PerSisters Redux

The reason I was in Toronto on Saturday was for the official launch of Geez magazine’s PerSisters issue. I was asked to be on a panel with three other contributors that would discuss the intersection of feminism and theology with an audience. (You can see the article I contributed here.) We panelists were all given four questions to prepare:

1) Who are you and what did you write for this issue?
2) Do you call yourself a feminist? Why or why not?
3) Does the fact that Jesus of Nazareth was male make it inherently difficult, or even impossible, to ‘be Christian’ while working toward gender equality?
4) Is feminism a thing of the past? Should it be? Does it need to be rethought in some way?

These were all intriguing questions that certainly challenged me to articulate and provide supporting arguments for things that I often take for granted. Of course, I call myself a feminist, but it’s a lot harder when I’m actually forced to break it down and explain why.

The whole evening was extremely insightful. There wasn’t much debating going on since everyone there – female and male – would probably self-identify as a feminist, but hearing what people from different walks of life had to offer to the conversation was very helpful. It was the kind of event that triggers all kinds of additional questions, most of them without easy answers, but I suppose that’s part of being informed and educated about issues and feeling spurred on toward change. I left with a number of thoughts buzzing around my head.

1) What are feminists working toward nowadays? It was easy to rally support for tangible goals such as getting the vote and sexual liberation and being able to work outside the home, but what’s feminism’s common goal now?

2) How do you know when you’ve arrived? Women do hold positions of power nowadays, but at what point is a movement considered to have completed its mission? We still live in a world that sells pink LEGO to girls and makes fun of boys who play with dolls; that’s far from acceptable.

3) Why is it that some stay-at-home moms feel that we’re failing feminism? Even though we know that’s ridiculous. Stay-at-home moms deserve greater recognition and should be able to put those at-home years legitimately on a résumé.

photo: babble.com
This pic originally accompanied an article stating that stay-at-home moms are worth $118,000 a year for the work they do. (photo: babble.com)

4) Why don’t more parents split the breadwinning and parenting jobs equally? One woman spoke about her and her partner’s decision to share both jobs 50/50, which utterly floored me. I’ve always assumed that, if kids are kept home, then one parents puts the professional aspect of his or her life on hold to raise them full time. While splitting it 50/50 may not be feasible for everyone, I think it’s a brilliant idea.

Anyways, it was an interesting evening and one that I’ll be thinking about in the days to come. You’ll be hearing more about Geez in the months to come since my submission for their Redoing Schooling issue was accepted and will come out next month. It promises to be fascinating, all about the de-institutionalization of education… but more on that later.

Thoughts, anyone? Do share!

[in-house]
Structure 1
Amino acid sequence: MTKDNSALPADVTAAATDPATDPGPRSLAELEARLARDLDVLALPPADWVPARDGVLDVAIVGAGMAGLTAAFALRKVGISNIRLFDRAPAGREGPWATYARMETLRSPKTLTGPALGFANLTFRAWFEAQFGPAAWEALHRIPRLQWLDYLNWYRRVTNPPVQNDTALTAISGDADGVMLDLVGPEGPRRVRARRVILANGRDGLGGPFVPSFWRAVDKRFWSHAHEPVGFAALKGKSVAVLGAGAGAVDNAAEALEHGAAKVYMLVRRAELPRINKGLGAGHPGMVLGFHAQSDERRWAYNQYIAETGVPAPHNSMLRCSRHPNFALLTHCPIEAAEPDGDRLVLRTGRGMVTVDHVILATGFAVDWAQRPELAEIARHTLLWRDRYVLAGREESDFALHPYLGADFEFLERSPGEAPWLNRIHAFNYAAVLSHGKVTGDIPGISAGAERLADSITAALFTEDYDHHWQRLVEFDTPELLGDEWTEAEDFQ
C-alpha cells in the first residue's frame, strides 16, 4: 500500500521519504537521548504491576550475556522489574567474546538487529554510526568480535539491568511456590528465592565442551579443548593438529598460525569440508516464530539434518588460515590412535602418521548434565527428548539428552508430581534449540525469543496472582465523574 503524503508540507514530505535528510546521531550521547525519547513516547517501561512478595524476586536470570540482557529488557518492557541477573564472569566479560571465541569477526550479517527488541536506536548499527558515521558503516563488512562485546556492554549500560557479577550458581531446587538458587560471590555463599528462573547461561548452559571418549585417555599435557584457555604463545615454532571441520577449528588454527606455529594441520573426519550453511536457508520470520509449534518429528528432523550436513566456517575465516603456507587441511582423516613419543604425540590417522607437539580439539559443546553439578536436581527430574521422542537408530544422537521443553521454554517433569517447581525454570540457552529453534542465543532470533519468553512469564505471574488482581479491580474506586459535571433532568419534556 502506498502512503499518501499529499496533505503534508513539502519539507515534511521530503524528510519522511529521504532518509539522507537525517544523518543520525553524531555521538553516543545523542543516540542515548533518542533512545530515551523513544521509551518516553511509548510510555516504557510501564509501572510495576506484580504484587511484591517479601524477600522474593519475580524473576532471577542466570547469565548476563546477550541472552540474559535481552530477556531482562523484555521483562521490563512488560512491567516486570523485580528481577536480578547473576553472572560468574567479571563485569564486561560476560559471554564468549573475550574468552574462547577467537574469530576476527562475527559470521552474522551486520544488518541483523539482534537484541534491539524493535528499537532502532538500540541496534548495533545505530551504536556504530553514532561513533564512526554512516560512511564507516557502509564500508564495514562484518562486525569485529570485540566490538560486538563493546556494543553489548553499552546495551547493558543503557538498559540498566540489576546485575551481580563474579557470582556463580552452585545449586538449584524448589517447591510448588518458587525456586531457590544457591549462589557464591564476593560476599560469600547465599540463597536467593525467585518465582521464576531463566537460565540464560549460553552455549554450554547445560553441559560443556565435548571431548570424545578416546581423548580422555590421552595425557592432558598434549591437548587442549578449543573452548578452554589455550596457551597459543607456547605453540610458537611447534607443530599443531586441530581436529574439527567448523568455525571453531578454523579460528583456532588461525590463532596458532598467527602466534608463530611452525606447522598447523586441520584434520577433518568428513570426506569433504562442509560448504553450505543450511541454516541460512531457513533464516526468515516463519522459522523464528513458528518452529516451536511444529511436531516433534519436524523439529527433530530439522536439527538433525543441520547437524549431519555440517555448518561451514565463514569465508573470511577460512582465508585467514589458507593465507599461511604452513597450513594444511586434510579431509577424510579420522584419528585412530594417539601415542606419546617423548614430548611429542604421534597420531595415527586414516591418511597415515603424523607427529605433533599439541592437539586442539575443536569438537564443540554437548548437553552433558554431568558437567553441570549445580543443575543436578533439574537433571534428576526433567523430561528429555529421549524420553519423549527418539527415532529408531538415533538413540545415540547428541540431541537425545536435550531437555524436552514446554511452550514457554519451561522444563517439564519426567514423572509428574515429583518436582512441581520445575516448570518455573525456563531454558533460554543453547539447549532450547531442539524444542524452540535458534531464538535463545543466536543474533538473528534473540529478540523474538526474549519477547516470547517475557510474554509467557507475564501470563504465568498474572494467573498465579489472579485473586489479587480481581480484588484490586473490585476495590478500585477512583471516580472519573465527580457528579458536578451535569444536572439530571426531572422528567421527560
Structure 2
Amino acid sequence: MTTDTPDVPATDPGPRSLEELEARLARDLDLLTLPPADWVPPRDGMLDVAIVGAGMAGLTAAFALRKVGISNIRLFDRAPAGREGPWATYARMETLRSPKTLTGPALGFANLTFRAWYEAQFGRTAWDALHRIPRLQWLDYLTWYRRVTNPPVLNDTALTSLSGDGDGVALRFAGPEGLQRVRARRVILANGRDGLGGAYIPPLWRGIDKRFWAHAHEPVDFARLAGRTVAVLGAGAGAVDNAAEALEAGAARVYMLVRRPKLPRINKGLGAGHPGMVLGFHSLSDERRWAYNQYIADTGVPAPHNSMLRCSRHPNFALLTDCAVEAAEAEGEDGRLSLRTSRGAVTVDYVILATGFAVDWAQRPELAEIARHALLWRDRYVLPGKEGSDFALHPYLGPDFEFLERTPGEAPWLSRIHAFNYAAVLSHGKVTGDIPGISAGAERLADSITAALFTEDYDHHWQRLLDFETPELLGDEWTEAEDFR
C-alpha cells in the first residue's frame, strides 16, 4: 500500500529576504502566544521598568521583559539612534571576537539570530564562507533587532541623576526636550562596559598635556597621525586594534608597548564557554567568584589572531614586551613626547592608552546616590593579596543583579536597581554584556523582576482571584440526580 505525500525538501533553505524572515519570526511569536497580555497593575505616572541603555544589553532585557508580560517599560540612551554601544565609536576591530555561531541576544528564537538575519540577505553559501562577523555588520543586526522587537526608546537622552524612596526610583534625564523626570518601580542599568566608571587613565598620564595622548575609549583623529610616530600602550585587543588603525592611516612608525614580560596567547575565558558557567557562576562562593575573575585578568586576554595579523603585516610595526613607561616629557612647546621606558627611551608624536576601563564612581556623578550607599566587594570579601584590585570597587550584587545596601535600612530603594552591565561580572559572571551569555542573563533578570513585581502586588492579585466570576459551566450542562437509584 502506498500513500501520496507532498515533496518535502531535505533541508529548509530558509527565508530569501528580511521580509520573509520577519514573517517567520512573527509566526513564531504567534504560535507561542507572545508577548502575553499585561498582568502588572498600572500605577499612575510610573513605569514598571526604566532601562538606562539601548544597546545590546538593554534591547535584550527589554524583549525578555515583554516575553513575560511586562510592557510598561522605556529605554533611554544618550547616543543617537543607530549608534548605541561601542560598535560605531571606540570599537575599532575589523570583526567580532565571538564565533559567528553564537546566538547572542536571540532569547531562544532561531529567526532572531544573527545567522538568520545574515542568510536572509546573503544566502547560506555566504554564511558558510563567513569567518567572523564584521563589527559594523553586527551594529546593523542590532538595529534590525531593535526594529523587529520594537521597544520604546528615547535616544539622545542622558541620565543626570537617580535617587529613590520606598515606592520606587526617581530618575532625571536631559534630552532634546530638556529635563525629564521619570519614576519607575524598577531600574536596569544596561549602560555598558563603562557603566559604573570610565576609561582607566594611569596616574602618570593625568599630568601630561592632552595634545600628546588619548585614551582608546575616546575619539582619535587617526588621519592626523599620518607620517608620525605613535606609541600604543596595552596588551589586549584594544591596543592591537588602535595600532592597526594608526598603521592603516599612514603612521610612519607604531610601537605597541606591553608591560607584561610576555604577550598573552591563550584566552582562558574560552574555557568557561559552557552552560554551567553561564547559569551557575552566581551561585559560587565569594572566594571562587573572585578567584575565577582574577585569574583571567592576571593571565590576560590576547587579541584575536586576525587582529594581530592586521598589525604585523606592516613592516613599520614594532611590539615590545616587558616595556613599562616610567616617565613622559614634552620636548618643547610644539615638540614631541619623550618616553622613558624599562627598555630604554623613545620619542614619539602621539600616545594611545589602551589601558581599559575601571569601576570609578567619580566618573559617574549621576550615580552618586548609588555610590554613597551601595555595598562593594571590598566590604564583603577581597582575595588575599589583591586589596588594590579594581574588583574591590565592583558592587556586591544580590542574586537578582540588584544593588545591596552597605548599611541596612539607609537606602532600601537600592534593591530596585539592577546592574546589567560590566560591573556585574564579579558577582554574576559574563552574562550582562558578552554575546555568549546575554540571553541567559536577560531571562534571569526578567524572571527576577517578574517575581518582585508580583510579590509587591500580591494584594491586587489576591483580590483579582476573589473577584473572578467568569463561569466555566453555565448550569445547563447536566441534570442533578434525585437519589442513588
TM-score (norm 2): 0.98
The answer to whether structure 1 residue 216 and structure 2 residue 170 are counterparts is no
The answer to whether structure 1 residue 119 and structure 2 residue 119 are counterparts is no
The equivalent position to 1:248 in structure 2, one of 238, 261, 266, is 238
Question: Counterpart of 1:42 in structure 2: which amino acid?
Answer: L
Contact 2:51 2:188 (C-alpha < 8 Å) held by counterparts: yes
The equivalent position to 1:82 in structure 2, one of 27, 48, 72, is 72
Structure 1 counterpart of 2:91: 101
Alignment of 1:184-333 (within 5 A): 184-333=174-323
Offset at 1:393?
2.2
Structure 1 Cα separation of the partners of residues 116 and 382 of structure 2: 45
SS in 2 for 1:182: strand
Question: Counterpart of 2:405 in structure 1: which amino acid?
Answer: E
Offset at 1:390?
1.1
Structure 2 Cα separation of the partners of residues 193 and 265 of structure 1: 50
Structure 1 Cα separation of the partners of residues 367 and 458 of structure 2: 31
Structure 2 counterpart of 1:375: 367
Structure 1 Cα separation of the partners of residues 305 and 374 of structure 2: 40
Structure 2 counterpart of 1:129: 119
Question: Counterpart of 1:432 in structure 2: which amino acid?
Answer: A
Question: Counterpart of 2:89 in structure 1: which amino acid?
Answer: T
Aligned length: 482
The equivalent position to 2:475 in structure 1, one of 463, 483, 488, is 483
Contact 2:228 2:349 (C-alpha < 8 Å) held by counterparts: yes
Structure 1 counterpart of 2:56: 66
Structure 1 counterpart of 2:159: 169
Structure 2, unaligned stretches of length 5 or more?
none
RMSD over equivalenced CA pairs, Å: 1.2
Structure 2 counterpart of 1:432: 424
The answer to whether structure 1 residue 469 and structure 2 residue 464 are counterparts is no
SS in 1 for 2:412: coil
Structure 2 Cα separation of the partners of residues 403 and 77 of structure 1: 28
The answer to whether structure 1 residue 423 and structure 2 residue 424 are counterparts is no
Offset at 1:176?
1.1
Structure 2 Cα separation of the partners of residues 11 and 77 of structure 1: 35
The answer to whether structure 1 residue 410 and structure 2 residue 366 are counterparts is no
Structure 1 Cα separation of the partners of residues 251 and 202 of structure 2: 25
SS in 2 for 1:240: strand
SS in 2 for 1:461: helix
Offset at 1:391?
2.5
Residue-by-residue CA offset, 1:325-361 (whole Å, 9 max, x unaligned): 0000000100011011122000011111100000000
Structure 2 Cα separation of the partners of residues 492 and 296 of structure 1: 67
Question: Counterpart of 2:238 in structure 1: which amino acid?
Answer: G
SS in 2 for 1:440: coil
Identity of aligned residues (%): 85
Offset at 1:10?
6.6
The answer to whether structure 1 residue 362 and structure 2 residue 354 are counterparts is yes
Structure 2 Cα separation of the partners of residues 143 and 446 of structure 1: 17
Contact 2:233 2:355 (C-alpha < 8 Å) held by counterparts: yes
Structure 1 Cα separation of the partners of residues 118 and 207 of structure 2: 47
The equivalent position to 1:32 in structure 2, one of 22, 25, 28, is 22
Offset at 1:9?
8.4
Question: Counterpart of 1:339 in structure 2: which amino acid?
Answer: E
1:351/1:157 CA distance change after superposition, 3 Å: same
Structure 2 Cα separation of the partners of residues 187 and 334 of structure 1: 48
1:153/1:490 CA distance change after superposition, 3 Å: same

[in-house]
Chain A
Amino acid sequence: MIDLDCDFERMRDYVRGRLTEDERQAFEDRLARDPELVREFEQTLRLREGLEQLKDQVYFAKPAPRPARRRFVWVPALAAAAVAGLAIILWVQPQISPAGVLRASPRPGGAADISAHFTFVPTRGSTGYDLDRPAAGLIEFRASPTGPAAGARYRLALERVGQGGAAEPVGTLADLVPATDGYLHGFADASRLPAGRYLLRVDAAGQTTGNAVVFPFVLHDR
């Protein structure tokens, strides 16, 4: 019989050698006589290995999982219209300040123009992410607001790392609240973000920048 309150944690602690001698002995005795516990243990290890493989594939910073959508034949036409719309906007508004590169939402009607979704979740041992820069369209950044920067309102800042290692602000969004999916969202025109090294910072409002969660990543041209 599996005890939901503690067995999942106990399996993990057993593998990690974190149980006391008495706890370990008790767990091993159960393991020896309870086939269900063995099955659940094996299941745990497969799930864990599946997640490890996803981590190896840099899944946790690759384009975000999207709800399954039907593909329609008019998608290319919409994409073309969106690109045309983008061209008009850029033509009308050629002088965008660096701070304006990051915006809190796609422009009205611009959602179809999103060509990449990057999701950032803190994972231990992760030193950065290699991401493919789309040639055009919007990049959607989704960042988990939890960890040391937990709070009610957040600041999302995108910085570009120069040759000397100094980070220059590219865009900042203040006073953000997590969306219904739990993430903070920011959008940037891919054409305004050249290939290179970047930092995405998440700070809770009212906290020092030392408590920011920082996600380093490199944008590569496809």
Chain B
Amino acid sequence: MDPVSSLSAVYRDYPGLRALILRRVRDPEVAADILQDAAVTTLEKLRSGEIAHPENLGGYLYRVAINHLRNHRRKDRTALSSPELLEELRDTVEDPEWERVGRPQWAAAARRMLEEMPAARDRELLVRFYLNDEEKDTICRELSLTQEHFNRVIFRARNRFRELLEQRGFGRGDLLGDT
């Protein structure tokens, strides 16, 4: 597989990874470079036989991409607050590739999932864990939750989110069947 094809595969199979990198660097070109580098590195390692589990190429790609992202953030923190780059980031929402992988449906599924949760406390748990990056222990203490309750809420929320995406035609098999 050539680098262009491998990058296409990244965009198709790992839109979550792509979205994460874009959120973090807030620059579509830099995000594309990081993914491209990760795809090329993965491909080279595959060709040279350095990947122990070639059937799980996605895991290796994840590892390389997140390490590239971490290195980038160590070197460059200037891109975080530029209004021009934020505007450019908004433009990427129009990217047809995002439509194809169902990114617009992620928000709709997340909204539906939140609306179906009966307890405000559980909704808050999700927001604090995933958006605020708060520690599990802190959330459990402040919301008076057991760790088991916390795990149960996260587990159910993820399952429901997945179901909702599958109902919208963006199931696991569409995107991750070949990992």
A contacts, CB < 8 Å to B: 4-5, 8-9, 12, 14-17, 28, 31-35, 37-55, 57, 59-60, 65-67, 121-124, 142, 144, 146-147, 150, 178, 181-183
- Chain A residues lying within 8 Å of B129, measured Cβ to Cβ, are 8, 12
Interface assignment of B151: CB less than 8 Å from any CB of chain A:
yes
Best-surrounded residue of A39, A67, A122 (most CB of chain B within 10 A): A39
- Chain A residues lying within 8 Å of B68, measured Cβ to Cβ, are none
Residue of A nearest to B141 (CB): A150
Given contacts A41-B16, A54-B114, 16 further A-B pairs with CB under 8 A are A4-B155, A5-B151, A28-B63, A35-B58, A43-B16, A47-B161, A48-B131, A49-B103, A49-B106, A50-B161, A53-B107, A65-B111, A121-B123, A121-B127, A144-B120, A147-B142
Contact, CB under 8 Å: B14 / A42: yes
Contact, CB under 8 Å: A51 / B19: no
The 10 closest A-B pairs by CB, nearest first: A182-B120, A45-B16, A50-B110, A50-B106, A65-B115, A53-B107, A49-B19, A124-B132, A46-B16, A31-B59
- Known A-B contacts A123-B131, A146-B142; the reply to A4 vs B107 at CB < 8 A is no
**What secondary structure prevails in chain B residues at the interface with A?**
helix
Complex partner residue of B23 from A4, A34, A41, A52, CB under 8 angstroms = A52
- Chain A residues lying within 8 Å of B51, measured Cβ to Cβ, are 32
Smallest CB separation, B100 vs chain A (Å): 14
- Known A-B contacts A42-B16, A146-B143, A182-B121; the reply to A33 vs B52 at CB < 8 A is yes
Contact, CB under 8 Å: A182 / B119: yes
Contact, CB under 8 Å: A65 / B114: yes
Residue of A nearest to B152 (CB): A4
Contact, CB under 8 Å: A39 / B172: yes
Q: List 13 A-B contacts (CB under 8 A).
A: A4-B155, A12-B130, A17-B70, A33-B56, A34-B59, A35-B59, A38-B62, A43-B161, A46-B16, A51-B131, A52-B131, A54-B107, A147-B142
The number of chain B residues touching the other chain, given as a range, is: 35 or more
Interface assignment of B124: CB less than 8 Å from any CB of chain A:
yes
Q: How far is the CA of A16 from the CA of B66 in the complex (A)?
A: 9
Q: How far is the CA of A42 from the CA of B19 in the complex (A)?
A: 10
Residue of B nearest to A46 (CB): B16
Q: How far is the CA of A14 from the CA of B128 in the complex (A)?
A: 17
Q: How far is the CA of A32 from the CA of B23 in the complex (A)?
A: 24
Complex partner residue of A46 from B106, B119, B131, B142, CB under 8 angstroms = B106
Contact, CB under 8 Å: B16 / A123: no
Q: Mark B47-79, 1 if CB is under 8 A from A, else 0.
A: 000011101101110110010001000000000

You might also like:
Our mother, who art in heaven
It’s time to go way beyond chivalry
So are YOU a feminist?

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5 thoughts on “PerSisters Redux

  1. What’s wrong with pink lego? Lots of people like pink. Yes, lots of them are little girls (but some are 50 year old men). Wouldn’t you like your toys to come in colours you like? think its great that they’re not just targeting boys. Besides, no girl who actually likes lego would limit herself to an entirely pink set. Pink lego is a gateway toy – to really awesome mechanical lego sets that mostly just come in black and grey anyway. Also, action figures are dolls.

    1. Nothing’s inherently wrong with pink lego. It’s just the explicit gender marketing that is irritating — the assumption that girls will only want to play with lego if it’s pink. And, more than likely, parents are not buying their sons pink lego but sticking with the ‘boy’ stuff. About the doll comment, I didn’t provide enough context. A woman at Saturday night’s discussion said she met a little boy who told her he has a doll who’s his son, but he doesn’t take him anywhere because people make fun of him for it. That’s what I was referring to and I think that’s wrong. Action figures are dolls, yes, but they’re expected for boys to play with. If a boy starts walking around with a swaddled cabbage patch doll, though, he’s teased. How sad.

  2. I find I am off-kilter if I’m not able to really nurture my family, but it’s hard to sing that out loud sometimes. But also, I think that as a woman, I’m sometimes more inclined to try to justify my choices and give explanations for them, when there is no need.
    And feminism – my goodness, there is such a long way to go. Pink lego and stuff doesn’t bother me per se (although the proliferation of plastic tat marketed towards our kids does). Violence against women, the media obsession with women’s appearance, the pornographic imagery that is now mainstream, the continued repression of women in some societies….bloody hell, the list goes on and on.
    You’re right about the myriad of questions and the difficulty in finding the answers!

    1. Hear, hear regarding all that plastic crap! I hate it when my kids get toys that are cheap plastic made in China and promptly break within hours of coming home. They go right back into the garbage (because recycling doesn’t accept them) and I feel awful. As for women feeling the need to justify our choices, that is so true and something I haven’t really thought about before. Very intriguing thought…

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